Author Contributions

J.H., A.L.S., M.D. and M.T. managed the production of this paper, drafting and analysis process. J.H., A.L.S. and M.T. designed this study. M.T. supervised this study.


The work performed in the laboratories of the authors was supported by grant from FIC at the NIH through the Fogarty-AIDS International Training and Research Program (AITRP) at Case Western Reserve University (Training Grant: #464 NIH 5D43 TW00011) to JH and through the R01 grant (R01DA041746) to MT.


We are grateful to the Fogarty International Center (FIC) at the National Institutes of Health (NIH) for a doctoral training fellowship through the Fogarty-AIDS International Training and Research Program (AITRP) at Case Western Reserve University to JH. (Training Grant: #464 NIH 5D43 TW00011). We are also grateful to National Institute on Drug Abuse (NIDA)/National Institute of Health (NIH) for R01 grant (R01DA041746) to MT. The funders had no role in study design, data collection and analysis, decision to publish, or preparation of the manuscript.

Conflicts of Interest

The authors declare no conflict of interest.


  1. Fauci, A.S. Immunopathogenesis of HIV infection. J. Acquir. Immune Defic. Syndr. 1993, 6, 655–662. [Google Scholar] [CrossRef] [PubMed]
  2. Poli, G.; Pantaleo, G.; Fauci, A.S. Immunopathogenesis of human immunodeficiency virus infection. Clin. Infect. Dis. 1993, 17, S224–S229. [Google Scholar] [PubMed]
  3. Fauci, A.S. Multifactorial nature of human immunodeficiency virus disease: Implications for therapy. Science 1993, 262, 1011–1018. [Google Scholar] [CrossRef] [PubMed]
  4. Pantaleo, G.; Graziosi, C.; Butini, L.; Pizzo, P.A.; Schnittman, S.M.; Kotler, D.P.; Fauci, A.S. Lymphoid organs function as major reservoirs for human immunodeficiency virus. Proc. Natl. Acad. Sci. USA 1991, 88, 9838–9842. [Google Scholar] [CrossRef] [PubMed]
  5. Pantaleo, G.; Graziosi, C.; Demarest, J.F.; Butini, L.; Montroni, M.; Fox, C.H.; Orenstein, J.M.; Kotler, D.P.; Fauci, A.S. HIV infection is active and progressive in lymphoid tissue during the clinically latent stage of disease. Nature 1993, 362, 355–358. [Google Scholar] [CrossRef] [PubMed]
  6. Pantaleo, G.; Graziosi, C.; Fauci, A.S. The role of lymphoid organs in the pathogenesis of HIV infection. Semin. Immunol. 1993, 5, 157–163. [Google Scholar] [CrossRef]
  7. Weber, J. The pathogenesis of HIV-1 infection. Br. Med. Bull. 2001, 58, 61–72. [Google Scholar] [CrossRef] [PubMed]
  8. Harris, R.S.; Bishop, K.N.; Sheehy, A.M.; Craig, H.M.; Petersen-Mahrt, S.K.; Watt, I.N.; Neuberger, M.S.; Malim, M.H. DNA deamination mediates innate immunity to retroviral infection. Cell 2003, 113, 803–809. [Google Scholar] [CrossRef]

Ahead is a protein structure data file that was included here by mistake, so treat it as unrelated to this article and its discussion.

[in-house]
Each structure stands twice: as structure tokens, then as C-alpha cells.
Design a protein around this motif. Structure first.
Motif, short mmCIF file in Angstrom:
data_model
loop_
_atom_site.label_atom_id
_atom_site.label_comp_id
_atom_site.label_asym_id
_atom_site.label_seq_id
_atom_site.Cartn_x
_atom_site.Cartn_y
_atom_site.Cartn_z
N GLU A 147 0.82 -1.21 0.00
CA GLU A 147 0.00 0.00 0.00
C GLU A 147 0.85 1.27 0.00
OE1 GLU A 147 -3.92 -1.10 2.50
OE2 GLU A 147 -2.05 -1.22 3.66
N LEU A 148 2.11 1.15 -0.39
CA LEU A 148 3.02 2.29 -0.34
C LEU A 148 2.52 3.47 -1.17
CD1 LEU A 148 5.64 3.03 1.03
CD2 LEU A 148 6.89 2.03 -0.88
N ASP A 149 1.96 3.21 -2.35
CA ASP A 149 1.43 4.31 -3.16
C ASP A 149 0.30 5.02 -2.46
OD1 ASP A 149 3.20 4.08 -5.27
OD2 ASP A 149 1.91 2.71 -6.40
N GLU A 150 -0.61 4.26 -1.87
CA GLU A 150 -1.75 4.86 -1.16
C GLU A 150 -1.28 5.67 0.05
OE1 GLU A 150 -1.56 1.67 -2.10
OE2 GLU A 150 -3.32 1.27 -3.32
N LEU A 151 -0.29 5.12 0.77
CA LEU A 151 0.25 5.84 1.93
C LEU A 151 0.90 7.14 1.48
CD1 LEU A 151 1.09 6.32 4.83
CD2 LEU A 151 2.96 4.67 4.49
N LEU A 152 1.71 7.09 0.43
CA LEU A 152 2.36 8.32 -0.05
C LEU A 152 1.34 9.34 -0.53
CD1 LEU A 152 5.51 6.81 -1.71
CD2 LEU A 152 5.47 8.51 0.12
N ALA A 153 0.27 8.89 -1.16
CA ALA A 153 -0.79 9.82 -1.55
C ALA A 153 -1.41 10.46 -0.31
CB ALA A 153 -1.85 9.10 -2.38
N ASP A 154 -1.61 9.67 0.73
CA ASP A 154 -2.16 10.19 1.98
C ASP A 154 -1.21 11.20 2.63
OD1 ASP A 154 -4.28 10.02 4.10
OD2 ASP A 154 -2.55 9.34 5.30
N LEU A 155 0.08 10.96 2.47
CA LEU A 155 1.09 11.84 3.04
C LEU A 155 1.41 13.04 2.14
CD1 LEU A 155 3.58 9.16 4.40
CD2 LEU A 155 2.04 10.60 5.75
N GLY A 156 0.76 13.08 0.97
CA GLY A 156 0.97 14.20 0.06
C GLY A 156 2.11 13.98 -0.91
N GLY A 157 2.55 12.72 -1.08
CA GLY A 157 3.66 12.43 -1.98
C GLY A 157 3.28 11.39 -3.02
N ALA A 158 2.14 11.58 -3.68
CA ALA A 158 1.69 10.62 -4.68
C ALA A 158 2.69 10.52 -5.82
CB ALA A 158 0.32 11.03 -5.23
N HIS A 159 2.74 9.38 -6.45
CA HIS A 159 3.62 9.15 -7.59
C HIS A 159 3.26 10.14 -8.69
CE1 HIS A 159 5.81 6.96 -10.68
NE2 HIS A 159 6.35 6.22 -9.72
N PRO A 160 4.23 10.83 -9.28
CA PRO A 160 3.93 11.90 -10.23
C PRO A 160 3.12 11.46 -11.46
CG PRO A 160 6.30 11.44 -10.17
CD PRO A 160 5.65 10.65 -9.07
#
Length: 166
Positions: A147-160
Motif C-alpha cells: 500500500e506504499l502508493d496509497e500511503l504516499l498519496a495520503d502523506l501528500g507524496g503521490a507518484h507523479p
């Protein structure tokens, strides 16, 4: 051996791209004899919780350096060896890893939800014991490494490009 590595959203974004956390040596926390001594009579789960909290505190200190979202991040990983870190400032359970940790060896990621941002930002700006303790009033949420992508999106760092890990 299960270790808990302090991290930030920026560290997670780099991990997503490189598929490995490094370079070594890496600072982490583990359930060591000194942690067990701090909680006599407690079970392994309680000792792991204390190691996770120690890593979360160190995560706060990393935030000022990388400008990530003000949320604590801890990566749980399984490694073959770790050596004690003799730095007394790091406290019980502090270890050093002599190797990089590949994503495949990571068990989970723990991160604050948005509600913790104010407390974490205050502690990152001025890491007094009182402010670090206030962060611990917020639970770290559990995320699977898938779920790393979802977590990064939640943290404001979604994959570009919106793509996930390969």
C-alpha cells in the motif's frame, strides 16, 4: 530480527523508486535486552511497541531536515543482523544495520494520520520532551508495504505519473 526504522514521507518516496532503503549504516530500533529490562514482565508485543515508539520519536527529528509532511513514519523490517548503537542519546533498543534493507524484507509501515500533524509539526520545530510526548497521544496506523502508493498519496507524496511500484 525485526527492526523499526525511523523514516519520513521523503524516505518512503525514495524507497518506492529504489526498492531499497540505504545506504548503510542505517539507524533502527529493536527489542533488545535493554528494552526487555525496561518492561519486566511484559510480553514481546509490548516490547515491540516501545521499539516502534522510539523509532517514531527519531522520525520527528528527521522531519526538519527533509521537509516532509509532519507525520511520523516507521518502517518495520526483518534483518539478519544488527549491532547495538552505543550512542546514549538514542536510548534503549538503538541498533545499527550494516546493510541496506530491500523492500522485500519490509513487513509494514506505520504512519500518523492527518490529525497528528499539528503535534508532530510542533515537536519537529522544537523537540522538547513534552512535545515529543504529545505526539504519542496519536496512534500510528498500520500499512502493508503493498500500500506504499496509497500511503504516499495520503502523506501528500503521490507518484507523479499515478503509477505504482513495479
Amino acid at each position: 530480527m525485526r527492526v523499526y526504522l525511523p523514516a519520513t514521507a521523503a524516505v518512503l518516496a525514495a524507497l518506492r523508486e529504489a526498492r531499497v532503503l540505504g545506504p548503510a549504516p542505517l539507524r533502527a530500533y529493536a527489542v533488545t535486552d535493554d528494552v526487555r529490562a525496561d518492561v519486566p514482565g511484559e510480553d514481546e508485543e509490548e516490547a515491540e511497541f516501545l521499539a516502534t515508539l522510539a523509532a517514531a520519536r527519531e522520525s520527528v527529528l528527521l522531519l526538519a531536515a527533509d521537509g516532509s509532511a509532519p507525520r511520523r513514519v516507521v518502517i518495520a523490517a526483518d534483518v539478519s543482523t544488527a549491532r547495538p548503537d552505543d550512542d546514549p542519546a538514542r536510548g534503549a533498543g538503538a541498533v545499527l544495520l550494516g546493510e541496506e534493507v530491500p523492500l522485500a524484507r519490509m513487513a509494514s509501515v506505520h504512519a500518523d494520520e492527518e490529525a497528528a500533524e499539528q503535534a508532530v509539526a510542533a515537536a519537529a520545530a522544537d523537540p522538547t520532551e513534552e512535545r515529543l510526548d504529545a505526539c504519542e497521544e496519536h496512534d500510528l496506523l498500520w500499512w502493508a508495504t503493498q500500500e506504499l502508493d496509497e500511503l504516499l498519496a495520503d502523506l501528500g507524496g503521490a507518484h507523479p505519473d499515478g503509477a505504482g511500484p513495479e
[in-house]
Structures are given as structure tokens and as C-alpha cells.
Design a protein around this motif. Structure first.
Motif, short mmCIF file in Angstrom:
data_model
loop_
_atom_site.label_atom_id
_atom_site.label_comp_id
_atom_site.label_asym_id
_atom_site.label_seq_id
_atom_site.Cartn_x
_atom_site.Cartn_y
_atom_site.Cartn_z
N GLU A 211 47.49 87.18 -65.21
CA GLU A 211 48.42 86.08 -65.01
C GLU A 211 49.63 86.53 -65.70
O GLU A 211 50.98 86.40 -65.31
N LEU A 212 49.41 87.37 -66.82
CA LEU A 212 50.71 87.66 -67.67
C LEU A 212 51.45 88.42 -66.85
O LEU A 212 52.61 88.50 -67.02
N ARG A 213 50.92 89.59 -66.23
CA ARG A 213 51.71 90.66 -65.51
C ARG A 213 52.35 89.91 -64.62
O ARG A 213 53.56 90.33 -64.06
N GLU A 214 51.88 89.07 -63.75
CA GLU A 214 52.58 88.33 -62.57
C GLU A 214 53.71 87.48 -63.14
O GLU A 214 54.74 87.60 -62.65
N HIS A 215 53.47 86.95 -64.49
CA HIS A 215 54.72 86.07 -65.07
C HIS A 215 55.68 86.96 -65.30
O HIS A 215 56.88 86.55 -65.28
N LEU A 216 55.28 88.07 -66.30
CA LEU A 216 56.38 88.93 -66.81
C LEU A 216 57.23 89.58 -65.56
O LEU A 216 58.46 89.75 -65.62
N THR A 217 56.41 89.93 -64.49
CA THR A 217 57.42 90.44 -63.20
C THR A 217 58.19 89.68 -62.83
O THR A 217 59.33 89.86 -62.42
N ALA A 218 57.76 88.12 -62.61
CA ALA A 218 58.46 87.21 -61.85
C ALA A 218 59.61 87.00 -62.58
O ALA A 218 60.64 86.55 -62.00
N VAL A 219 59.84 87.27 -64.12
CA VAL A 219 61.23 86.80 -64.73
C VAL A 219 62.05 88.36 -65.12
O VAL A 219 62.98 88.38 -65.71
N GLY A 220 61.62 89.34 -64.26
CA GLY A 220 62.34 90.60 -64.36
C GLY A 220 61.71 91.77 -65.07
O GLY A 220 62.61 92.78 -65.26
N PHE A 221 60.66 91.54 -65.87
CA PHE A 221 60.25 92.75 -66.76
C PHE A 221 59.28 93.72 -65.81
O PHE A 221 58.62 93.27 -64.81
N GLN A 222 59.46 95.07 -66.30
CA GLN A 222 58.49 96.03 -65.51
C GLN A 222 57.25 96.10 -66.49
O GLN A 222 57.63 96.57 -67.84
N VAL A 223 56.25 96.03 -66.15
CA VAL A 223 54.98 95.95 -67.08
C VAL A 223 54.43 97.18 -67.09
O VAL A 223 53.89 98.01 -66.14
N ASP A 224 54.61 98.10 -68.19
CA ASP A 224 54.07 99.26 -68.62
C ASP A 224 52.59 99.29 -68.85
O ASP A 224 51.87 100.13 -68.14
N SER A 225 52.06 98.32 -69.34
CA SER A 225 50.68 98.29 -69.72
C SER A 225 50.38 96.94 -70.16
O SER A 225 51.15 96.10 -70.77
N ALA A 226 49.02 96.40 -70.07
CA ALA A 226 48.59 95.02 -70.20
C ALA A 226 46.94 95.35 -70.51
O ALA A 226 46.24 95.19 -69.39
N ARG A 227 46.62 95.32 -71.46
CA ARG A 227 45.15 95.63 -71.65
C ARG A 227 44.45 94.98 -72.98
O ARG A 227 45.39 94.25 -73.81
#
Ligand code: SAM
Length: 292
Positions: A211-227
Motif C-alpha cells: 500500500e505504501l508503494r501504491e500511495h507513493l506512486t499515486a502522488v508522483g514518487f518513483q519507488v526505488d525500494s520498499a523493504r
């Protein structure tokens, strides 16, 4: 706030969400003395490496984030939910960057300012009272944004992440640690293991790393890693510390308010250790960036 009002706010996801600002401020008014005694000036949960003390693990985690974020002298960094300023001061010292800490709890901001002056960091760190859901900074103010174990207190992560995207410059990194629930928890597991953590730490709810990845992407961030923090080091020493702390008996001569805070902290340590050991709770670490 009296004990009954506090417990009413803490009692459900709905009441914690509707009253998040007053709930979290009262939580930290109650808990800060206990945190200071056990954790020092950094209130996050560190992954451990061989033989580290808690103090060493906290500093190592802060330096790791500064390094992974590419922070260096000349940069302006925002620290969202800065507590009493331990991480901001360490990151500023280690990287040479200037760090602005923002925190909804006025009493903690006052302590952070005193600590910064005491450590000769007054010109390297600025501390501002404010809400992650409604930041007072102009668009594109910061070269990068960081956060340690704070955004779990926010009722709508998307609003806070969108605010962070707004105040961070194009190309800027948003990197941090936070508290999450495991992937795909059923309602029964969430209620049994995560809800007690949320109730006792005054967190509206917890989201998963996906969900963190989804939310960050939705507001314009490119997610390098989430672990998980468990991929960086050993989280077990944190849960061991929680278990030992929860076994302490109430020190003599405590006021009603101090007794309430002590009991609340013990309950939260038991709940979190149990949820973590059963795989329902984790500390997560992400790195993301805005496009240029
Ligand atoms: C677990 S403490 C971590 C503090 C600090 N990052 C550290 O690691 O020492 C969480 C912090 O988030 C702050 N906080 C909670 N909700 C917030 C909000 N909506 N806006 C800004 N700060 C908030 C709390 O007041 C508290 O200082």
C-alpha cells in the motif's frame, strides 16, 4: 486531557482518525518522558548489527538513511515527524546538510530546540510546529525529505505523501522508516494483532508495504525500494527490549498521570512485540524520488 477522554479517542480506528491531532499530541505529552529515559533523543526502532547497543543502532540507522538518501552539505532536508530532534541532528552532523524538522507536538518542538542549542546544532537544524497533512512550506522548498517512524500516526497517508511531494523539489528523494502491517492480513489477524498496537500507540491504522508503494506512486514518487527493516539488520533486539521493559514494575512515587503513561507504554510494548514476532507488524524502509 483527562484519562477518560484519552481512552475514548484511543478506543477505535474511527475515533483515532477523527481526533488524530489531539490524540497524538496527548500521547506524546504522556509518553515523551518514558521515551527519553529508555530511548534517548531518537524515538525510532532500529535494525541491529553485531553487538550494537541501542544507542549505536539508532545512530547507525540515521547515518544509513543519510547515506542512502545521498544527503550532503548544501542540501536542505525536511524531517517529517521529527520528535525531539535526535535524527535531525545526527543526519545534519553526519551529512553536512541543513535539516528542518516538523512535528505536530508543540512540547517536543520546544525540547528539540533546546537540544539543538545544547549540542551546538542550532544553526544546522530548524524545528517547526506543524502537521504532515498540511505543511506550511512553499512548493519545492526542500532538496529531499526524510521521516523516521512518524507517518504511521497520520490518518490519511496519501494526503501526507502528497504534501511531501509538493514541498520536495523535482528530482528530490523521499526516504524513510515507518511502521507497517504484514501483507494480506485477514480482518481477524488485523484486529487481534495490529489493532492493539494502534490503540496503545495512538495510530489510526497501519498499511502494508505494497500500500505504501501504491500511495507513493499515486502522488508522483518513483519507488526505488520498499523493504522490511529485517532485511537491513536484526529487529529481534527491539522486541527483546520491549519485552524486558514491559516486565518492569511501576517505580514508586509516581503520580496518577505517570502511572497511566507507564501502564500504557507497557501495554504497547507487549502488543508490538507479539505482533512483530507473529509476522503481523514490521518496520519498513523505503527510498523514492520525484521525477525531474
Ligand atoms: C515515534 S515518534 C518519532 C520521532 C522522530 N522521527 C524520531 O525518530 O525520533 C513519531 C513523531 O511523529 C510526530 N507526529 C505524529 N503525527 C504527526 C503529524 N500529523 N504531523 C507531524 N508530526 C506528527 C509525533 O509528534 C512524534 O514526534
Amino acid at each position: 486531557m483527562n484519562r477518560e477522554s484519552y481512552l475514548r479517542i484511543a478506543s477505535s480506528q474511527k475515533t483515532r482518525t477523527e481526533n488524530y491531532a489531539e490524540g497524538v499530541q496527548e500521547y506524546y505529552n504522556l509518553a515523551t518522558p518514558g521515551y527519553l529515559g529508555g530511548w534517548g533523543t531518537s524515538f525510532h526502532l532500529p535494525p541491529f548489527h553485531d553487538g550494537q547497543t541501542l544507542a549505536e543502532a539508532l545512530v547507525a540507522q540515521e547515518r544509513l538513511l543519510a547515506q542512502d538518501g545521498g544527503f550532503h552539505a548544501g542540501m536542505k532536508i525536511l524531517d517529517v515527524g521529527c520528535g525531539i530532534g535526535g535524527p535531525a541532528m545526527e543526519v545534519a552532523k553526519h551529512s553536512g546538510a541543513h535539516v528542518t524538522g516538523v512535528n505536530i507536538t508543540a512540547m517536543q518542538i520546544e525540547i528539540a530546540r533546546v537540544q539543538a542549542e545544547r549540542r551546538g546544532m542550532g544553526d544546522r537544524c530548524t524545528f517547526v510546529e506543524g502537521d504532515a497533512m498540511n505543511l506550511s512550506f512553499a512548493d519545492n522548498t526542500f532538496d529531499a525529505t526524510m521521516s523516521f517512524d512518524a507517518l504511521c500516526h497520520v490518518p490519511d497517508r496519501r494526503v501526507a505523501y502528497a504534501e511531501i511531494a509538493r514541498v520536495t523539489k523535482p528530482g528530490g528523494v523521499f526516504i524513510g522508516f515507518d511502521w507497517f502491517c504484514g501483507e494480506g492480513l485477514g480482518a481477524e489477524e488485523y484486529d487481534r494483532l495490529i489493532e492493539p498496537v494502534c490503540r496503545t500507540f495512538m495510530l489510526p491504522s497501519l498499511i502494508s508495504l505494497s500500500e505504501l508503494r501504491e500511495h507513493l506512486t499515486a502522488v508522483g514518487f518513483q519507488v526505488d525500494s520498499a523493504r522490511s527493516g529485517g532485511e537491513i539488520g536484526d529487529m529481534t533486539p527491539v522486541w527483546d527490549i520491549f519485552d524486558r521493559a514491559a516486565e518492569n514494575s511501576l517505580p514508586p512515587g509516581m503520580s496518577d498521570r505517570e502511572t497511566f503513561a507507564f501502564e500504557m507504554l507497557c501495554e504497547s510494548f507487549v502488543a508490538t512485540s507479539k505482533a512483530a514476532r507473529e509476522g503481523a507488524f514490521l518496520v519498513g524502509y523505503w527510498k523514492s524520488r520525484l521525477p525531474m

9. Ho, D.D.; Neumann, A.U.; Perelson, A.S.; Chen, W.; Leonard, J.M.; Markowitz, M. Rapid turnover of plasma virions and CD4 lymphocytes in HIV-1 infection. Nature 1995, 373, 123–126. [Google Scholar] [CrossRef]
  10. Zhou, Y.; Zhang, H.; Siliciano, J.D.; Siliciano, R.F. Kinetics of human immunodeficiency virus type 1 decay following entry into resting CD4+ T cells. J. Virol. 2005, 79, 2199–2210. [Google Scholar] [CrossRef]
  11. Han, Y.; Wind-Rotolo, M.; Yang, H.C.; Siliciano, J.D.; Siliciano, R.F. Experimental approaches to the study of HIV-1 latency. Nat. Rev. Microbiol. 2007, 5, 95–106. [Google Scholar] [CrossRef] [PubMed]
  12. Xu, H.; Svarovskaia, E.S.; Barr, R.; Zhang, Y.; Khan, M.A.; Strebel, K.; Pathak, V.K. A single amino acid substitution in human APOBEC3G antiretroviral enzyme confers resistance to HIV-1 virion infectivity factor-induced depletion. Proc. Natl. Acad. Sci. USA 2004, 101, 5652–5657. [Google Scholar] [CrossRef] [PubMed]
  13. Tyagi, M.; Bukrinsky, M. Human immunodeficiency virus (HIV) latency: The major hurdle in HIV eradication. Mol. Med. 2012, 18, 1096–1108. [Google Scholar] [CrossRef] [PubMed]
  14. Tyagi, M.; Kashanchi, F. New and novel intrinsic host repressive factors against HIV-1: PAF1 complex, HERC5 and others. Retrovirology 2012, 9, 19. [Google Scholar] [CrossRef] [PubMed]
  15. Chun, T.W.; Engel, D.; Mizell, S.B.; Ehler, L.A.; Fauci, A.S. Induction of HIV-1 replication in latently infected CD4+ T cells using a combination of cytokines. J. Exp. Med. 1998, 188, 83–91. [Google Scholar] [CrossRef] [PubMed]